“We will not leave until we meet with the president,” said Yelena Priskha, 41, as she stood outside Yushchenko’s office. “We will sleep on the stairs and will collect the money ourselves.”

Somali pirates die at sea in fighting

October 13, 2008

by Mustafa Haji Abdinur

MOGADISHU (AFP) – Forces from the Somali breakaway region of Puntland on Sunday attacked pirates holding a Somali cargo freighter, triggering clashes that killed two pirates and a soldier, an official said.

Four others, including another Puntland soldier, were wounded when the forces attempted to rescue MV Awail, owned by a Somali trading company with a crew of 13 Syrians and two Somalis, which was seize Thursday off the region’s shores.

A handout photo provided by the US Navy shows the Belize-flagged ... 
A handout photo provided by the US Navy shows the Belize-flagged Ukrainian cargo MV Faina in the Indian Ocean. Pirates holding a Ukrainian arms ship off the Somali coast have rejected a local mediator, delaying efforts to free the freighter laden with battle tanks and others arms(AFP/Jason R. Zalasky)

The fighting comes amid mounting pressure over piracy in the waters around Somalia, with US and international navies blockading a kidnapped Ukrainian vessel loaded with tanks and weapons.

“They surrounded the (Somali) ship this morning near Hafun area, where they exchanged fire with pirates killing two of them. One of our men also died,” said Muse Gelle Yusuf, governor of Puntland’s Bari region.

Read the rest:
http://news.yahoo.com/s/afp/20081012/wl_
africa_afp/somaliaunrestpiracy_081012183254

Talks to free Ukrainian arms ship collapse: pirates spokesman

October 10, 2008

The crago of the ship seized by pirates includes 33 tanks and surface to air missiles….

NAIROBI (AFP) – Talks aimed at freeing a Ukrainian arms ship held by Somali pirates collapsed on Friday, a spokesman for the pirates told AFP, deepening the two-week stand off.

This photo provided by the US Navy shows the Belize-flagged ...
This photo provided by the US Navy shows the Belize-flagged Ukrainian cargo ship MV Faina in September 2008 off Somalia’s Indian Ocean coast. Talks aimed at freeing a Ukrainian arms ship being held by Somali pirates collapsed on Friday, a spokesman for the pirates told AFP, deepening the two-week stand-off.(AFP/US Navy/File/Jason R. Zalasky)

“The negotiations with the owner of the ship have totally collapsed. The owners are changing their mind from time to time, maybe because they are being advised by somebody that they can resolve the matter militarily,” Sugule Ali told AFP from the ship.

“Given the situation, we are on alert and preparing ourselves for any eventuality, including military against us,” he added.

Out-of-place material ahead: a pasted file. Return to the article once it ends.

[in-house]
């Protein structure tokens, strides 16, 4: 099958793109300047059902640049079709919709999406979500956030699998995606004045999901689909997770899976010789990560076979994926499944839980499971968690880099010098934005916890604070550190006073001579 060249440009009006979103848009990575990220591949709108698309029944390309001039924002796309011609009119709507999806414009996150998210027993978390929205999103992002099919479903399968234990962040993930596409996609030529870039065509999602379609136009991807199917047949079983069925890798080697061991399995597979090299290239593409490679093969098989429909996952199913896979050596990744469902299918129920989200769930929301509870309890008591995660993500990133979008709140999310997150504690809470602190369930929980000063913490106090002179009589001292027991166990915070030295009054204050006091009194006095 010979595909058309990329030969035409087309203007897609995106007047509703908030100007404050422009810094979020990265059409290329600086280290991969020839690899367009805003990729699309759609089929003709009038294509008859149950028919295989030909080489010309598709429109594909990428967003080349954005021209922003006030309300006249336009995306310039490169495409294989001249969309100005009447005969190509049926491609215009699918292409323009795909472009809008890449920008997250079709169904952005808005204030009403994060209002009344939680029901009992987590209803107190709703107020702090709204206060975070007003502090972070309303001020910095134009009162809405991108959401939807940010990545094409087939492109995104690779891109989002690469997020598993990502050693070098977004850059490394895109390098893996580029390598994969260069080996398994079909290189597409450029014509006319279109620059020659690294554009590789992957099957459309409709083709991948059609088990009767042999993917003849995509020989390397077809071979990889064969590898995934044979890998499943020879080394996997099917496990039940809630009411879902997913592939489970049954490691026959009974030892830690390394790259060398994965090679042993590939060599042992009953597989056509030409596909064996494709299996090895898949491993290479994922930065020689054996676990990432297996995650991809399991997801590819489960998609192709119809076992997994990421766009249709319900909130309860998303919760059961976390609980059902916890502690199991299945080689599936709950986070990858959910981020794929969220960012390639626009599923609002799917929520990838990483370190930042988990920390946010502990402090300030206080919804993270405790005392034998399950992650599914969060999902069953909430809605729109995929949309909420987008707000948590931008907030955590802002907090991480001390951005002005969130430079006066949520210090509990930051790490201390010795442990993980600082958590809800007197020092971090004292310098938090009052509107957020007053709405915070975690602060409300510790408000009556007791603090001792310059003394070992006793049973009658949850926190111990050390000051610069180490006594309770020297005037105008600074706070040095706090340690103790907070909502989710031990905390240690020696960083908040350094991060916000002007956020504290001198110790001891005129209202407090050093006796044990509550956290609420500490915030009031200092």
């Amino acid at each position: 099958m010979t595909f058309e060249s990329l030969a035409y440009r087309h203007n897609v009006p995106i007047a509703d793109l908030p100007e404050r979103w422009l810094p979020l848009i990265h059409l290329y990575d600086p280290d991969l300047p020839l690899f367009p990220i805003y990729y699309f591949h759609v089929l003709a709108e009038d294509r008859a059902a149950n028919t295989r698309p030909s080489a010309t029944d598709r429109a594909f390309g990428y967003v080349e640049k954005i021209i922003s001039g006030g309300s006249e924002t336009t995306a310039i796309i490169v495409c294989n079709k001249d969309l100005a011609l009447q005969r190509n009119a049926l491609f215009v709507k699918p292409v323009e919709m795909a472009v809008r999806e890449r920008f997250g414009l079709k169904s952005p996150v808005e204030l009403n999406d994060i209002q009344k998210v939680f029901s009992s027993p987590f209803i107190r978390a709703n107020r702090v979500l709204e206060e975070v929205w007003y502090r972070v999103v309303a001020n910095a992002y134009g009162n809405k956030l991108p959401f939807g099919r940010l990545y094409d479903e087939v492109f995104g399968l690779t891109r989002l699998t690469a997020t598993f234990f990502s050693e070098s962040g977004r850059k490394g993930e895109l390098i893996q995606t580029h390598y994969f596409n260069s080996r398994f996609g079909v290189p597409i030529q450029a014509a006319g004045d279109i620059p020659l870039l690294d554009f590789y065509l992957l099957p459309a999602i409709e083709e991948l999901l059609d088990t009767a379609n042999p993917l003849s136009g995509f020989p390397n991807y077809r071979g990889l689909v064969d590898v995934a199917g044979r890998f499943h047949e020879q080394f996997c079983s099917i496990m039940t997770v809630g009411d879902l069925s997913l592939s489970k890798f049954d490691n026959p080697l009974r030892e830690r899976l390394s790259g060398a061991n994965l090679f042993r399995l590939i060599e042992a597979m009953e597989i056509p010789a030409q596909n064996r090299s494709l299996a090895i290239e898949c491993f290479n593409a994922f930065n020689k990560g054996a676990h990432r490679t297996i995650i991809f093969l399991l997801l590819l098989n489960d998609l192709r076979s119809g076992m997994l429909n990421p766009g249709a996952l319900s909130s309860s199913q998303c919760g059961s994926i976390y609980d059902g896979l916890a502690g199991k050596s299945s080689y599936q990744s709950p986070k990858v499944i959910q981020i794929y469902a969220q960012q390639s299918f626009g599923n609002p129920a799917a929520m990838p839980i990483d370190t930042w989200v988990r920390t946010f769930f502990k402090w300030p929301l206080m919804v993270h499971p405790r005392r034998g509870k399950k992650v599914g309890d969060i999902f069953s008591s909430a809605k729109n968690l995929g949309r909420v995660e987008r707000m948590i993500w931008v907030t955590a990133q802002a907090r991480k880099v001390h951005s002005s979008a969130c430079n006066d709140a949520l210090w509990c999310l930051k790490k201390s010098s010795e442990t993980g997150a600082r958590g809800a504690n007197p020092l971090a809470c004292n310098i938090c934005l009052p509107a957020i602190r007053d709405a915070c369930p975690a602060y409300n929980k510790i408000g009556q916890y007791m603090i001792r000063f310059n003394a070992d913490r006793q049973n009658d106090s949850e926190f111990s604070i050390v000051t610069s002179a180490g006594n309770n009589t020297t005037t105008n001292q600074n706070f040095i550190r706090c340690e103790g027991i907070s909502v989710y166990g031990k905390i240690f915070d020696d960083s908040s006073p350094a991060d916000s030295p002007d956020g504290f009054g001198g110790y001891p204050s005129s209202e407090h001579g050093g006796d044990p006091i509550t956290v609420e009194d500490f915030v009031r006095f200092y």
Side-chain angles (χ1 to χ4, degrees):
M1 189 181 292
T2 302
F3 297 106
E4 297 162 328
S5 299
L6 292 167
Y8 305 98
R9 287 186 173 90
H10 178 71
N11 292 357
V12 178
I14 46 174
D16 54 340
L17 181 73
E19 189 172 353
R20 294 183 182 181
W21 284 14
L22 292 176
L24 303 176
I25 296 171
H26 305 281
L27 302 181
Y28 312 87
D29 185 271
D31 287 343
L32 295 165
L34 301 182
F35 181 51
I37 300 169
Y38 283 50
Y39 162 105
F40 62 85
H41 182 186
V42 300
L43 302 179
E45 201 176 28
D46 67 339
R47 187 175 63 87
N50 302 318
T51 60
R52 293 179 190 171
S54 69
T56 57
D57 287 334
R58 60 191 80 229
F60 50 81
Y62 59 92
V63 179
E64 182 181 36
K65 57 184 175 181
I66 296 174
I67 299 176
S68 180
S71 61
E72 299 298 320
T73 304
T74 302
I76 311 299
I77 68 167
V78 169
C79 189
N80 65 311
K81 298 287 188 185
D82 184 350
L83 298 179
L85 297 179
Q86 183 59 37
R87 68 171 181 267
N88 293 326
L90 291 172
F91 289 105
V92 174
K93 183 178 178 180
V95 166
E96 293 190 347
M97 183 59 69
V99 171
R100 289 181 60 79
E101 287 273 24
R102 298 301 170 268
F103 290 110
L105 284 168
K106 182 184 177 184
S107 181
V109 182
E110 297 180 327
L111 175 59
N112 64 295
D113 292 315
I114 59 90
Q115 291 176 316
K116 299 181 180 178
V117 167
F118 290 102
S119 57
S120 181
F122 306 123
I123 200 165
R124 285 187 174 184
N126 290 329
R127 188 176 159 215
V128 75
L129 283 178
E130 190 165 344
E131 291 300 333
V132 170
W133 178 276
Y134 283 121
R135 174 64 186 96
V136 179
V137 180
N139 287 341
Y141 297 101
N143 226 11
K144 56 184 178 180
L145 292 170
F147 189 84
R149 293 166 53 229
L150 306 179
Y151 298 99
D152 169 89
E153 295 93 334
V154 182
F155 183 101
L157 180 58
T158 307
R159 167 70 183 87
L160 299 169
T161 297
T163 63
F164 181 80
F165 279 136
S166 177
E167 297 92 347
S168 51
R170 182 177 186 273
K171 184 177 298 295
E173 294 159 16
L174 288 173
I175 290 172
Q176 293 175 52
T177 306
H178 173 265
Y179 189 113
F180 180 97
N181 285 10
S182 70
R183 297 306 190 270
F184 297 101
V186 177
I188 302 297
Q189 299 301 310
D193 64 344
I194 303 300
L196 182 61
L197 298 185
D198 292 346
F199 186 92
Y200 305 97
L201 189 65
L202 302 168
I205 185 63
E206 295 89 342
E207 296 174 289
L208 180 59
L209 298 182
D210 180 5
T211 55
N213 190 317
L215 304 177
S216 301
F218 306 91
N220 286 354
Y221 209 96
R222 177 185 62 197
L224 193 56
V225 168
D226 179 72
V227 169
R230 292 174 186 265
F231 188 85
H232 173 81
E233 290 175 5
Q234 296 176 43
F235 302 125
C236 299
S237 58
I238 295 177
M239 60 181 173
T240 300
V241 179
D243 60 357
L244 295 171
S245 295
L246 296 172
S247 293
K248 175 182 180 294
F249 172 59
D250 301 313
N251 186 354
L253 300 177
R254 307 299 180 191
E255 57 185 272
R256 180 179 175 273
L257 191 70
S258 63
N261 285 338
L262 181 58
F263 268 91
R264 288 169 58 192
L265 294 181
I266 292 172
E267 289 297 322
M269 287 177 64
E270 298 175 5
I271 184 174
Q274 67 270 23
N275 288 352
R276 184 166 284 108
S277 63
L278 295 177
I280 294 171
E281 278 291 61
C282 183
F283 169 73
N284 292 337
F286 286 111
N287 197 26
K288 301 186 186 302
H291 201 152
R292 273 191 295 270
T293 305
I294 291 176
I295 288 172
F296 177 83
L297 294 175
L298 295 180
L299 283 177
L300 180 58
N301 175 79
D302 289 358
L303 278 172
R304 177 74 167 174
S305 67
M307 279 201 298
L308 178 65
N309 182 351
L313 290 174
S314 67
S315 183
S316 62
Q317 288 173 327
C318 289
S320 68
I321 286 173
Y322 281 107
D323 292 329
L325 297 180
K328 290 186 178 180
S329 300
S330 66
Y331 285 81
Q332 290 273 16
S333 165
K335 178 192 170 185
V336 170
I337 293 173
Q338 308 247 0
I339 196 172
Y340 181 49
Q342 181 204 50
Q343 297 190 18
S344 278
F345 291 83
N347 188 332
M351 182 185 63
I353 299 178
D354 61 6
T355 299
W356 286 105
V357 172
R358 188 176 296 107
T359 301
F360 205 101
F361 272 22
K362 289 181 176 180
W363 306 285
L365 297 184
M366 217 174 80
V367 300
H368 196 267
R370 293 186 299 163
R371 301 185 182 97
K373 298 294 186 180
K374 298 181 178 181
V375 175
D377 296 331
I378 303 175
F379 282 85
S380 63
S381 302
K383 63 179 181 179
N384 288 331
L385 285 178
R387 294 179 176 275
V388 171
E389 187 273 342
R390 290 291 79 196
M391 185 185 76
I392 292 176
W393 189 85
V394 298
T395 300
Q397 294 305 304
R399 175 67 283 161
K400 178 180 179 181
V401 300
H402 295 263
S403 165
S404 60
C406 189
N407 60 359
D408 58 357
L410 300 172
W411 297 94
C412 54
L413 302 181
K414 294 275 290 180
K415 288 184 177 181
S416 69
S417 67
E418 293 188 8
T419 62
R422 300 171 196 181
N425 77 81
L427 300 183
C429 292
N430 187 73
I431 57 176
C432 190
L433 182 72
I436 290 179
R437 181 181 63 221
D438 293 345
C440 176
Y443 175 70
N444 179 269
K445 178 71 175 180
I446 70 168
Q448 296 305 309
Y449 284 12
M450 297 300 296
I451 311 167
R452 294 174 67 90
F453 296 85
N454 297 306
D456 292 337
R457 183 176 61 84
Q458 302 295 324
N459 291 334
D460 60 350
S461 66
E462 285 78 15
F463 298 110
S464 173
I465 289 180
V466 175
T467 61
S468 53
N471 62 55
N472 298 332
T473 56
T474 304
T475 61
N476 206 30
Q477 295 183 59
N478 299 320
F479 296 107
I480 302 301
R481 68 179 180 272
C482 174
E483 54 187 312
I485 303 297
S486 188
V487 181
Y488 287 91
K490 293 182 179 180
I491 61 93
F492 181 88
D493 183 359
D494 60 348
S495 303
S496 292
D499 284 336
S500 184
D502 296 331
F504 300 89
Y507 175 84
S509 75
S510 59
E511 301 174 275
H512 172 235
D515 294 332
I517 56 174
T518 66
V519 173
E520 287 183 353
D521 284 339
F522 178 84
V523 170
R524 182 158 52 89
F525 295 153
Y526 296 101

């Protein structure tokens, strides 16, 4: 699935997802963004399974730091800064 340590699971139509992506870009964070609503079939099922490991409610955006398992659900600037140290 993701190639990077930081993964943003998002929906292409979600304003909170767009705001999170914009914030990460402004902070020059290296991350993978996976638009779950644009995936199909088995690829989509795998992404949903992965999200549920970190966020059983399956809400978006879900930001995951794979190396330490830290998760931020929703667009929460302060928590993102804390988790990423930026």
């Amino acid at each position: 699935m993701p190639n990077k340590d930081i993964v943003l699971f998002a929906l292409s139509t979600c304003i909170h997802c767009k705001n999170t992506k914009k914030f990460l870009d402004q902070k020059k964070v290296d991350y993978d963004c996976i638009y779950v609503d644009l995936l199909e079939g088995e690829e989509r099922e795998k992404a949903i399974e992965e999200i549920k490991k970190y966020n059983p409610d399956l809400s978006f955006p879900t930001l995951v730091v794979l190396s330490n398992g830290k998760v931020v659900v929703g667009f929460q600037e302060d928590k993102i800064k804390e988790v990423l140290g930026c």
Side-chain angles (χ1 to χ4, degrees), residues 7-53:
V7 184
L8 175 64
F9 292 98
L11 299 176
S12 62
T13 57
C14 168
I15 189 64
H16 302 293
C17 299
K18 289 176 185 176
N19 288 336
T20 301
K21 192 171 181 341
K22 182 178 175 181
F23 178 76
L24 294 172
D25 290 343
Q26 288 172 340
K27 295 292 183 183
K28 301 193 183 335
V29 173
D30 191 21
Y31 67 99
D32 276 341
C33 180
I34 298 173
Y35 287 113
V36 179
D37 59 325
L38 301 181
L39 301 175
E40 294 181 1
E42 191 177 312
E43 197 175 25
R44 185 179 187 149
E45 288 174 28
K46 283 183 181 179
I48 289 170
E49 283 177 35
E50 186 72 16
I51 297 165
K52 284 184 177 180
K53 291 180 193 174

“Therefore, we have given the ship’s owner three days to respond positively to the negotiations, otherwise we will take some action that we will not reveal now,” Ali added.

The pirates have been demanding 20 million dollars to release the MV Faina and its 21 crew, seized on September 25 while it sailed toward the Kenyan port city of Mombasa, although sources close to the hijackers say the amount may have been reduced after several days of talks.

The exact details of the negotiations remain sketchy, but the pirates have insisted they must be paid before letting go the ship.

Kenya has shrugged off lingering speculation on the identity of the final recipient of the cargo of 33 tanks, surface-to-air systems and other weapons pirates seized on a Ukrainian ship.

Many industry experts and intelligence sources have suggested the arms were bound for South Sudan, and not Kenya as Nairobi and Kiev have repeatedly insisted.

Read the rest:
http://news.yahoo.com/s/afp/20081010/wl_
africa_afp/somaliaunrestpiracy_081010184842

The Origin of Obama’s Pastor Problem

March 20, 2008

By JAMES CARNEY AND AMY SULLIVAN
TIME Magazine
March 20, 2008

The speech he delivered at the National Constitution Center in Philadelphia was an artfully reasoned treatise on race and rancor in America, the most memorable speech delivered by any candidate in this campaign and one that has earned Obama comparisons to Lincoln, Kennedy and King. But that doesn’t mean it will succeed in its more prosaic mission of appealing to voters who have their doubts about Obama and his preacher. It left unanswered a crucial question: What attracted Obama to Wright in the first place?

Read it all:
http://news.yahoo.com:80/s/time/20080320/us_
time/theoriginofobamaspastor
problem;_ylt=AiVOE5wlzSUgZFQwMq12ttSs0NUE

Bush cited for aid to Africa

February 17, 2008

By Jon Ward
The Washington Times
February 17, 2008

DAR ES SALAAM, Tanzania — Africans showered President Bush with praise yesterday for the billions of U.S. dollars spent to help fight disease and poverty, while administration officials threatened sanctions against Kenya if its president does not compromise in that nation’s political crisis.
.
Mr. Bush, who will send Secretary of State Condoleezza Rice to meet tomorrow with leaders in Kenya, said during his first stop, in the small West African nation of Benin, that the U.S. desires “that there be no violence, that there be a power-sharing agreement that will help [Kenya] resolve its difficulties.”
.
A Bush administration official said on the condition of anonymity yesterday that Miss Rice would tell Kenyan President Mwai Kibaki that continued U.S. support for his regime is contingent on whether he agrees to a power-sharing arrangement.

Read the rest:
http://www.washingtontimes.com/apps/pbcs.dll/article?AID=/20080217/NATION/723980080/1001